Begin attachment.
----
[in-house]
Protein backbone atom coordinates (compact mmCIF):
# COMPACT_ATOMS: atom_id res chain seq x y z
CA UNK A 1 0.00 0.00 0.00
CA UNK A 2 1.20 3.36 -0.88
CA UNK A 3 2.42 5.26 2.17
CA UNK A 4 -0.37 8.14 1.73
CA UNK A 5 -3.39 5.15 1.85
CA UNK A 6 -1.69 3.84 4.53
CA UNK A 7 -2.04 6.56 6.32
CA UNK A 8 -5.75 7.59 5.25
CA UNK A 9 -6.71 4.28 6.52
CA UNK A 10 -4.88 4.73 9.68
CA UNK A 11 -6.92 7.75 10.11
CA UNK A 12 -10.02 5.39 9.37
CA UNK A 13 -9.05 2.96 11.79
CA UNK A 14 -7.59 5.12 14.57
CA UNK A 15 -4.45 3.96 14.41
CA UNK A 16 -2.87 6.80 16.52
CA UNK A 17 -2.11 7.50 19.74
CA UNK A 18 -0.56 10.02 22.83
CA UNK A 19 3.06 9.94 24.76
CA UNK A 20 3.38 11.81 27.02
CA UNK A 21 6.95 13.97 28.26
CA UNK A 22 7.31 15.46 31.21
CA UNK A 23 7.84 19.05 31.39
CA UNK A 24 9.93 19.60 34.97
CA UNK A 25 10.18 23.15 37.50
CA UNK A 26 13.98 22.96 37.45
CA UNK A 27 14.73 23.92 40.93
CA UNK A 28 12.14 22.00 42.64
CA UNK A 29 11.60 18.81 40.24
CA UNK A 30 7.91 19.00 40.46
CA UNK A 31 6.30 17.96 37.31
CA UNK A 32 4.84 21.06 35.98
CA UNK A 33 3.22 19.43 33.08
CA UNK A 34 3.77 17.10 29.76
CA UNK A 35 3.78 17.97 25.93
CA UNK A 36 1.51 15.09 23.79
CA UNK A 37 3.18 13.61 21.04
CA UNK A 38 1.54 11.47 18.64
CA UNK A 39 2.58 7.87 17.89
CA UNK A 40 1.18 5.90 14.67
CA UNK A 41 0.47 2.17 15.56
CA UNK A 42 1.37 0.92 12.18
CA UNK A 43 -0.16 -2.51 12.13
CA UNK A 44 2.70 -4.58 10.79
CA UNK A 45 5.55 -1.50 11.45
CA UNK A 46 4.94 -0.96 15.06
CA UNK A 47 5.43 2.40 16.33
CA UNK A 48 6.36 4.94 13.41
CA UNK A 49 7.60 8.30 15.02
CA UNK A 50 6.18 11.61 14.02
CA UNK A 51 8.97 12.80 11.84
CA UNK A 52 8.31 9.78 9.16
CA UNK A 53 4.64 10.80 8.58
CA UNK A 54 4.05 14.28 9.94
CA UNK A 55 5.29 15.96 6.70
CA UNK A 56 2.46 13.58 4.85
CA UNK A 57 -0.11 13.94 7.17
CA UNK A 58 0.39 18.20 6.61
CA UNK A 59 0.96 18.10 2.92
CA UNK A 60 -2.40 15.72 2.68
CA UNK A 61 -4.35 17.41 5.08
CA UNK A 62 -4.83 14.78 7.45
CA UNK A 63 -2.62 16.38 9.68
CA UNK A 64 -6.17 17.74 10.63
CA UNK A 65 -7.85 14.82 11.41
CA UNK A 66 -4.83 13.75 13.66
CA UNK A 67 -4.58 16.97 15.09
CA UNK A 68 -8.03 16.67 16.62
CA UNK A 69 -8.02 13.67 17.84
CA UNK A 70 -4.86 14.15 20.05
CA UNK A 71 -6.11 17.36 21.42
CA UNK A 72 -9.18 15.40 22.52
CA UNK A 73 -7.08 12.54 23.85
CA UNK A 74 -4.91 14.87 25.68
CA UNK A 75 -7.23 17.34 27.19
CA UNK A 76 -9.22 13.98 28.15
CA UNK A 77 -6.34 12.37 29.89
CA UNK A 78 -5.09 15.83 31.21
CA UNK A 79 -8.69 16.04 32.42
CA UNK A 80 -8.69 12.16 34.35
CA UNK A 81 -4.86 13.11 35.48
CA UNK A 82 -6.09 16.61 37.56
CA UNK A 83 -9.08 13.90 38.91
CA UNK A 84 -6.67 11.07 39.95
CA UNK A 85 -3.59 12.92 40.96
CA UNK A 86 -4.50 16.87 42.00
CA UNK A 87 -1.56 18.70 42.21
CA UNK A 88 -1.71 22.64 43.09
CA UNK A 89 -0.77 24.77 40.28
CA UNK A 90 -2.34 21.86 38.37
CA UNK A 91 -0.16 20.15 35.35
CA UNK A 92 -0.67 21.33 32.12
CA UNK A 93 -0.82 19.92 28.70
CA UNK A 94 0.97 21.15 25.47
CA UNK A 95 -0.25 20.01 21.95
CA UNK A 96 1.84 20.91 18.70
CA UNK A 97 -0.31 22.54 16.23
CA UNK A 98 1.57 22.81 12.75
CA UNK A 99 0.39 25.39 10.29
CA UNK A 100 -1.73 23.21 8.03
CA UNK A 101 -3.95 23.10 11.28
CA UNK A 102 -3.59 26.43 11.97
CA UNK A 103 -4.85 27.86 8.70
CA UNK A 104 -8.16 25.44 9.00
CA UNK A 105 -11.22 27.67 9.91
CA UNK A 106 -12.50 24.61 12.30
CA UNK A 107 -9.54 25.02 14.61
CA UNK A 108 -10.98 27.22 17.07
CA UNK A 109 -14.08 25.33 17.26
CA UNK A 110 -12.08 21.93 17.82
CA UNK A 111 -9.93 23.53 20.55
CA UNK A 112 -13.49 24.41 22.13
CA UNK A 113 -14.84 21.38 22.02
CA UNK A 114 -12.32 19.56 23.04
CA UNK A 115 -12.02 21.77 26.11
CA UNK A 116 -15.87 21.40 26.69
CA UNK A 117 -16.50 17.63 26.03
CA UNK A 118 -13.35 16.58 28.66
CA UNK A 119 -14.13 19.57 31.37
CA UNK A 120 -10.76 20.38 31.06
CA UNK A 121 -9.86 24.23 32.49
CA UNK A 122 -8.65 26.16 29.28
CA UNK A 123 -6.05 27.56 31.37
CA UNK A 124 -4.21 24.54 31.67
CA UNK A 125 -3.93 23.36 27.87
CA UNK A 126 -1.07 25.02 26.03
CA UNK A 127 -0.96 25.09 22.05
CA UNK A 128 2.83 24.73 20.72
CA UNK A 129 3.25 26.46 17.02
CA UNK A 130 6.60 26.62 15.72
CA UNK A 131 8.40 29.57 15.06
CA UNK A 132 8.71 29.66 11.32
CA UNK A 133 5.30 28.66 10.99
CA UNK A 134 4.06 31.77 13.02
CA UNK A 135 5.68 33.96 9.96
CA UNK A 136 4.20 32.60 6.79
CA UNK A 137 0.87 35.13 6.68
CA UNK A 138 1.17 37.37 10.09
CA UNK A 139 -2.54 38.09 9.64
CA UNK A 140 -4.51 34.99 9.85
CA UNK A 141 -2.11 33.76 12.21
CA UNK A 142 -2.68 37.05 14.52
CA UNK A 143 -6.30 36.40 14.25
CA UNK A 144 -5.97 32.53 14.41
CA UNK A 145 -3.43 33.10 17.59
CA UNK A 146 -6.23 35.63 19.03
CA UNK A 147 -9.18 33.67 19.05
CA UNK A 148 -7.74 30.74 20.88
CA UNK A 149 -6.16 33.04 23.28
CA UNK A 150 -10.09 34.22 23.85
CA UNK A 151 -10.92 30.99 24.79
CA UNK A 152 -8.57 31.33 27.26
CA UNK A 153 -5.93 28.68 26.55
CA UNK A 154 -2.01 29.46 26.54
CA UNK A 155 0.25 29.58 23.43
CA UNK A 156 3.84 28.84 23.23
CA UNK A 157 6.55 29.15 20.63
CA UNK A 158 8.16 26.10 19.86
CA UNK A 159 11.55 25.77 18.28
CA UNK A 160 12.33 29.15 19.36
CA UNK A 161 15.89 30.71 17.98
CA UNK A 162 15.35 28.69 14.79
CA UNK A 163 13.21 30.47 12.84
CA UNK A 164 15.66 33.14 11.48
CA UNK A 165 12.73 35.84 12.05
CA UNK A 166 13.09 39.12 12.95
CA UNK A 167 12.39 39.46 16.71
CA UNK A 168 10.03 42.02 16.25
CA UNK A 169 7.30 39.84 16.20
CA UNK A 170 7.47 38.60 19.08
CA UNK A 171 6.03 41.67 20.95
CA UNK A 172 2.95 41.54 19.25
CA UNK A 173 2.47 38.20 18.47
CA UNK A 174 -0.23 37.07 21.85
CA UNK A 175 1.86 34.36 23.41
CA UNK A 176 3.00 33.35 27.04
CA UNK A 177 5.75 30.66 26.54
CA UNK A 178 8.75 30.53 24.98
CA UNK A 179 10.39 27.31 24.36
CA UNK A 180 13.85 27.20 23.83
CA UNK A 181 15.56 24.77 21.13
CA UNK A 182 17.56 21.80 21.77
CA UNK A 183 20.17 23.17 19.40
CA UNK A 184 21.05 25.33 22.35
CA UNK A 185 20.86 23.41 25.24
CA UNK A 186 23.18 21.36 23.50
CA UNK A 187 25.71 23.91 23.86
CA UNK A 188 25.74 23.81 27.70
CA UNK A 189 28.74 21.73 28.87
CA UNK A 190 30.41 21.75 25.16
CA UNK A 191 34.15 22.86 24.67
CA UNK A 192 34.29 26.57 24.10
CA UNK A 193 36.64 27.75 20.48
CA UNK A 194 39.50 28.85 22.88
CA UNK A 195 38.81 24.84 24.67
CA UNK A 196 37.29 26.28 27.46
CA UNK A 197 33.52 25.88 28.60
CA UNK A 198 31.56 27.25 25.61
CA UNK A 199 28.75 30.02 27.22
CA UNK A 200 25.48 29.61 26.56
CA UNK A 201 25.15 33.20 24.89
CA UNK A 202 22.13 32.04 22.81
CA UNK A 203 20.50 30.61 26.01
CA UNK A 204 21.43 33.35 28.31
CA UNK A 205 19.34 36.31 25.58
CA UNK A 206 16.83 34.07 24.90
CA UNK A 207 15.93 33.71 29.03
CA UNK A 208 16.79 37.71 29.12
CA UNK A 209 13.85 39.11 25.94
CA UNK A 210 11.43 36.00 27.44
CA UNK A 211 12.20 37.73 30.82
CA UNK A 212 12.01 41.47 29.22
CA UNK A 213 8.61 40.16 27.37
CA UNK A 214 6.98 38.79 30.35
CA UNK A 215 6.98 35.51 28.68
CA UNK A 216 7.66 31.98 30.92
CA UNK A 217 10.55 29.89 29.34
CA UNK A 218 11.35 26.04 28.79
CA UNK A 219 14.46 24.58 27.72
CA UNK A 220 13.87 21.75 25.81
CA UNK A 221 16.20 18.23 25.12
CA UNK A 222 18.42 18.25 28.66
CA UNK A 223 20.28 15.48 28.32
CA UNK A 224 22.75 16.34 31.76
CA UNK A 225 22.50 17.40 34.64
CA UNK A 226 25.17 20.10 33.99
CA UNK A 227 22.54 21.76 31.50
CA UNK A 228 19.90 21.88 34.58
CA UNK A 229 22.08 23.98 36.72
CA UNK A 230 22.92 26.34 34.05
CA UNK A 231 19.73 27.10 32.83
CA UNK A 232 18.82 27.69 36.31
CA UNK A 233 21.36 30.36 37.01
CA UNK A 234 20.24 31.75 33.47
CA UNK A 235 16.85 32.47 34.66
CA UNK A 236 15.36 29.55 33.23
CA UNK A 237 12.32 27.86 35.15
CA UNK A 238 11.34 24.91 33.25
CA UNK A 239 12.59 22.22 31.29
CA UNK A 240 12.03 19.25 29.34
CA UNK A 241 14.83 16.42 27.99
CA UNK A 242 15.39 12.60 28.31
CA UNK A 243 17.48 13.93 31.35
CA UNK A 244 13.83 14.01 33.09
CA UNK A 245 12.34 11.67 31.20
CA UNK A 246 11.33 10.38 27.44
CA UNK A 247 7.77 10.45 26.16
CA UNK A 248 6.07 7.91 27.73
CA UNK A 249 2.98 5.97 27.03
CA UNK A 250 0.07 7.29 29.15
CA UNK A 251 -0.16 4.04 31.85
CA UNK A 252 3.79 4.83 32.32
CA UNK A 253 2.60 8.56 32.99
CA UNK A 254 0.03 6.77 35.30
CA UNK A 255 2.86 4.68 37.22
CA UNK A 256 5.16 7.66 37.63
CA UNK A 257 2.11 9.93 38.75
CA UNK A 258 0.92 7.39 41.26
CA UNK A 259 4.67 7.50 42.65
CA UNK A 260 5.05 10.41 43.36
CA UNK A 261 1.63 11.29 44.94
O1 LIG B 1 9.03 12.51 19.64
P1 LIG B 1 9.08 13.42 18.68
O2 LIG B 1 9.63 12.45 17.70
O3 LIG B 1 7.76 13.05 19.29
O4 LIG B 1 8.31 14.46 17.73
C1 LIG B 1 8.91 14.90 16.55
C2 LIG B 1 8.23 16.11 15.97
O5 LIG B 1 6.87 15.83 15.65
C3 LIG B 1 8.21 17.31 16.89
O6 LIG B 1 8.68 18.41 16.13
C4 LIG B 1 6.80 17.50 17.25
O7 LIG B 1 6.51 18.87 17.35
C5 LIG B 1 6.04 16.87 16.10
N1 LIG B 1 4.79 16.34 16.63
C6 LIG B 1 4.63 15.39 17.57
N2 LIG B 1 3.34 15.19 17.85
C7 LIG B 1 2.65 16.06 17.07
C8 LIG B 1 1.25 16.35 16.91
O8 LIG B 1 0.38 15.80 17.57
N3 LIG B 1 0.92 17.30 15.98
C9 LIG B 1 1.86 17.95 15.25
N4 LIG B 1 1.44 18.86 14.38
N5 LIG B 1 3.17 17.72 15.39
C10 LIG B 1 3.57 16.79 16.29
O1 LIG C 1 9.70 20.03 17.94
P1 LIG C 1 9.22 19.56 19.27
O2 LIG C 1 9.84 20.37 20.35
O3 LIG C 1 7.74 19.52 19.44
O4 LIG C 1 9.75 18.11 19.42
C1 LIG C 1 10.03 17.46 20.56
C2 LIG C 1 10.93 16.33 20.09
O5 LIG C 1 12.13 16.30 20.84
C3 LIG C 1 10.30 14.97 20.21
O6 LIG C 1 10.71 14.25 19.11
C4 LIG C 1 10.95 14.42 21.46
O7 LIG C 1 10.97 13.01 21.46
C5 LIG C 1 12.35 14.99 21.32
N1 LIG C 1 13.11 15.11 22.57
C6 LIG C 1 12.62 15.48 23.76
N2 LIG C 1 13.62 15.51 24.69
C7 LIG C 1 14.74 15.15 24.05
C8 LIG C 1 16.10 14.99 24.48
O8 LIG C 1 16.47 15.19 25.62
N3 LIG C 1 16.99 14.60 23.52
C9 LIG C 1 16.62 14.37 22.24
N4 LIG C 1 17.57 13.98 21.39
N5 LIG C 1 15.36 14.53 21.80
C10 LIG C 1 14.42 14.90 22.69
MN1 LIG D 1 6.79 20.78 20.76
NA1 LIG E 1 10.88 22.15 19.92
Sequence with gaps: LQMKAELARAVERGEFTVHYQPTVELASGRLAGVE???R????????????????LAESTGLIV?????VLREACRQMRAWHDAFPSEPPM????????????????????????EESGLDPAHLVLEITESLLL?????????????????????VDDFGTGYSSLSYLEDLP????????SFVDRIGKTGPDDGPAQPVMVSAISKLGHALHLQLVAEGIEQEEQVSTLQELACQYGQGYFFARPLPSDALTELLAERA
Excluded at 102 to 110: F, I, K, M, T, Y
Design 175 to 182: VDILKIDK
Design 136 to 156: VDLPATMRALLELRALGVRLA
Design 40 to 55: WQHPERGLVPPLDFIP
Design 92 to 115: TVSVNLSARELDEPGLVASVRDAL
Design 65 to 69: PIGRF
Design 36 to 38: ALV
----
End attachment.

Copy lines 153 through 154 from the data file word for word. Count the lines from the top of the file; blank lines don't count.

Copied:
CA UNK A 150 -10.09 34.22 23.85
CA UNK A 151 -10.92 30.99 24.79